4. American Express Members Give

Through the American Express Members Give program, cardholders can donate their rewards points to more than 1 million charities.

Much like Charity Charge, American Express members can give to multiple charities if they choose. The card allows members to donate to charities and nonprofits focused on health and human services, education, the environment and more. The donations are tax deductible.

5. Capital One No Hassle Giving Site

The Capital One No Hassle Giving Site is a slightly different spin on the idea of credit cards focused on giving back. Rather than offering a specific card that contributes a percentage to a particular charity, Capital One created a site that facilitates making donations to charitable organizations with your credit card. (You can see some of the best Capital One credit cards here.)

The credit card giant partnered with Network for Good and GuideStar to create its No Hassle Giving Site. Network for Good processes donations made through the site and disburses the money to the charities, while GuideStar provides the site’s database of charities. All of the charities listed are registered with the Internal Revenue Service.

Capital One credit card holders who are members of the company’s No Hassle Rewards program can also earn rewards points for their donations. And finally, when making a donation through the site, Capital One covers transaction fees, so 100% of the money you give goes to the charity.

Before Adding a New Card to Your Wallet …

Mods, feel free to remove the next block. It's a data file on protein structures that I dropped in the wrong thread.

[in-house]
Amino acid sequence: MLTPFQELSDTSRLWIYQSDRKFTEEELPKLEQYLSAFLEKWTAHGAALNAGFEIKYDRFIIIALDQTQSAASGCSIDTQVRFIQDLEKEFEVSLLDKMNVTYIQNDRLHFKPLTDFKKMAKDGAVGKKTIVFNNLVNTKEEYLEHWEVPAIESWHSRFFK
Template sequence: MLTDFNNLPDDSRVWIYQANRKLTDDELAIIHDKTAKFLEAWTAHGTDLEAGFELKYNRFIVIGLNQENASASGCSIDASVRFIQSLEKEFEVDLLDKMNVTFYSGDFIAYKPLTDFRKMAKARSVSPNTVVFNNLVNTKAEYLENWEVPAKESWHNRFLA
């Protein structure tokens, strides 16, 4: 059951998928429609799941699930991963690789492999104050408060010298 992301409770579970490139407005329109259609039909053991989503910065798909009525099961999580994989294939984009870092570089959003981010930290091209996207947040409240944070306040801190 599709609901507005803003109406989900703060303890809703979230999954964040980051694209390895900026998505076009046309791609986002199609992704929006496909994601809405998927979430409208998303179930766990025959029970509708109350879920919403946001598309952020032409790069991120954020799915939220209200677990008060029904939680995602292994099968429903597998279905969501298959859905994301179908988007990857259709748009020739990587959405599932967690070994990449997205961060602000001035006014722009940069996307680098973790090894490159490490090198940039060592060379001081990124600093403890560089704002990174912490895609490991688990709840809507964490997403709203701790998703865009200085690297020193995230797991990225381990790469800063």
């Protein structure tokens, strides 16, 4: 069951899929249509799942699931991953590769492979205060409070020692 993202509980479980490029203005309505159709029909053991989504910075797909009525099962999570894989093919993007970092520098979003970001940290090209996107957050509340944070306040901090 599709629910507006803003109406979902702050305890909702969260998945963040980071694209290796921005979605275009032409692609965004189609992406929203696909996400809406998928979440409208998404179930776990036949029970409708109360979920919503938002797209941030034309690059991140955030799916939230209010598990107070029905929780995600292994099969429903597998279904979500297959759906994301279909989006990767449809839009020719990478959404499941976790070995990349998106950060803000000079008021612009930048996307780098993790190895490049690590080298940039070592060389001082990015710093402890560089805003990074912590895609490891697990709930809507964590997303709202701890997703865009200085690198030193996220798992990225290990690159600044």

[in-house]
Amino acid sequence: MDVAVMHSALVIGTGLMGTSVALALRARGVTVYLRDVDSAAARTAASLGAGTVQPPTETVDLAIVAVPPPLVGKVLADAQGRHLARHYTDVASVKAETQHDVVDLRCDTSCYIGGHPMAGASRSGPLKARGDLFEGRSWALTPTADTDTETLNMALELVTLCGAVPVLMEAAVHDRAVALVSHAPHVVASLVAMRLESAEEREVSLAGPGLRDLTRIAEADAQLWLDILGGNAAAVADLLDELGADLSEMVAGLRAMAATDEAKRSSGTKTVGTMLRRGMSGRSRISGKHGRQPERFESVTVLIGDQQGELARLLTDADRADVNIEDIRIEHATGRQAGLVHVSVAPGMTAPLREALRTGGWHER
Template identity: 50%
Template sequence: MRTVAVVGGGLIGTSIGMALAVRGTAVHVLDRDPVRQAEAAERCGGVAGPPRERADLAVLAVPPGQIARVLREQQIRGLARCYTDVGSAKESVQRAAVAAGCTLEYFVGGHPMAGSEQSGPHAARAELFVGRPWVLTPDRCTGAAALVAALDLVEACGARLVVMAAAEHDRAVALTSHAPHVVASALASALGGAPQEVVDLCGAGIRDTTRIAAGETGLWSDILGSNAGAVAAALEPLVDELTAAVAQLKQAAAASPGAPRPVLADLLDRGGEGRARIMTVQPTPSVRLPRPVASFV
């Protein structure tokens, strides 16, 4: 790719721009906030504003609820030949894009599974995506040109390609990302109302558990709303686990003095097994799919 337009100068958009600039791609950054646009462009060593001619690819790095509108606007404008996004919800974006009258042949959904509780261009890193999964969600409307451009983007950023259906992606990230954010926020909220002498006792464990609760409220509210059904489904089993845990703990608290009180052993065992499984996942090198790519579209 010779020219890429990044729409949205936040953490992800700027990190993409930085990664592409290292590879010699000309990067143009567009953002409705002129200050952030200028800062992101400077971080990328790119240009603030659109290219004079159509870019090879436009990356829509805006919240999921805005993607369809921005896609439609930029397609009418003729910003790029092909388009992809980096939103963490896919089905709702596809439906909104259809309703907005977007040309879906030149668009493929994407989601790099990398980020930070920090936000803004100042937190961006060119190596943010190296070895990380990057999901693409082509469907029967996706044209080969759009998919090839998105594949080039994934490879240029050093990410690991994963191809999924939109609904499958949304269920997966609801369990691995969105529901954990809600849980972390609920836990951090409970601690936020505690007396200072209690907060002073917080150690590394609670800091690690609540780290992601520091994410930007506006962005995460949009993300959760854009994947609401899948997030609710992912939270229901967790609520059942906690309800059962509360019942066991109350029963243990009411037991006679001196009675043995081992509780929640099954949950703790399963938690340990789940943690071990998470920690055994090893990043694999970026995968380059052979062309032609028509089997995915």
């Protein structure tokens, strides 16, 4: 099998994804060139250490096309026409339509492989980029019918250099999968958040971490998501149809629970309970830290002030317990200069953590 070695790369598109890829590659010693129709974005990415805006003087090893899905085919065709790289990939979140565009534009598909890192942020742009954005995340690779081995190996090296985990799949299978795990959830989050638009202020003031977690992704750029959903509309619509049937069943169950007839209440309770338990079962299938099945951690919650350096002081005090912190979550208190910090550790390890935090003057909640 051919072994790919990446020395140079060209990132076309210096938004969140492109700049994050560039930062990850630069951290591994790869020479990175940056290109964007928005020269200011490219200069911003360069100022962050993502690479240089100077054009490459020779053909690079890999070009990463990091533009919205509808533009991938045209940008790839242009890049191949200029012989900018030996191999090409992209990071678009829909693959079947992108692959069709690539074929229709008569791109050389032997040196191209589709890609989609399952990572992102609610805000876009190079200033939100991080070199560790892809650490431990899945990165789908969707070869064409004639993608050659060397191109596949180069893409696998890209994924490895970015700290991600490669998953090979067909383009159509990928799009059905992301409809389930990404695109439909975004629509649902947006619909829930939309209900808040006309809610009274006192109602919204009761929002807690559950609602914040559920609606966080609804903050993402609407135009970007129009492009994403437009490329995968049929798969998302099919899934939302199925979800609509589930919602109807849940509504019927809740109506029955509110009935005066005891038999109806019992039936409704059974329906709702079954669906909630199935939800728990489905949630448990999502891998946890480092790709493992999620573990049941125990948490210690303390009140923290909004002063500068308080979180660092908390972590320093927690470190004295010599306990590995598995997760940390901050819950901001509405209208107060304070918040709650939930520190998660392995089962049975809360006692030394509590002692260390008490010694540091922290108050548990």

It’s great that you want to find a card that can not only help you shop but also offers a reward system. But deciding which type of rewards credit card is only part of what you should think about before getting new plastic. After all, there are all types of rewards credit cards beyond the standard ones that give cash back or travel rewards, like those that reward students for good grades. And it’s perhaps most important you consider things like annual fees, interest rates and your spending habits to figure out if you can truly afford this new card. Before you apply, you’ll want to read all the fine print that comes with each card you’re considering to see what you’d be signing up for.

It’s also a good idea to review your credit, as many cards require you have a certain credit score to be eligible. (Note: Checking your own credit will not harm your scores in any way. You can see two of your credit scores for free, with updates every 14 days, on Credit.com.) Once you’ve reviewed your finances and checked your credit, you may also want to read more about the cards you’re considering. We’ve got a plethora of in-depth credit card reviews here that can help you get started.

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  • UAPhil

    The US Bank FlexPerks card gives triple FlexPoints on charitable donations. The points are worth up to 2 cents each toward purchase of airline tickets – that’s effectively up to a 6% return. (Specifically, you can use 20,000 points to buy an airline ticket for up to $400; 30,000 points for a ticket between $400 and $600, and so on. So it’s a little tricky to get close to the the full 6%, but getting 4-5% value back is fairly easy to achieve for those who fly regularly.)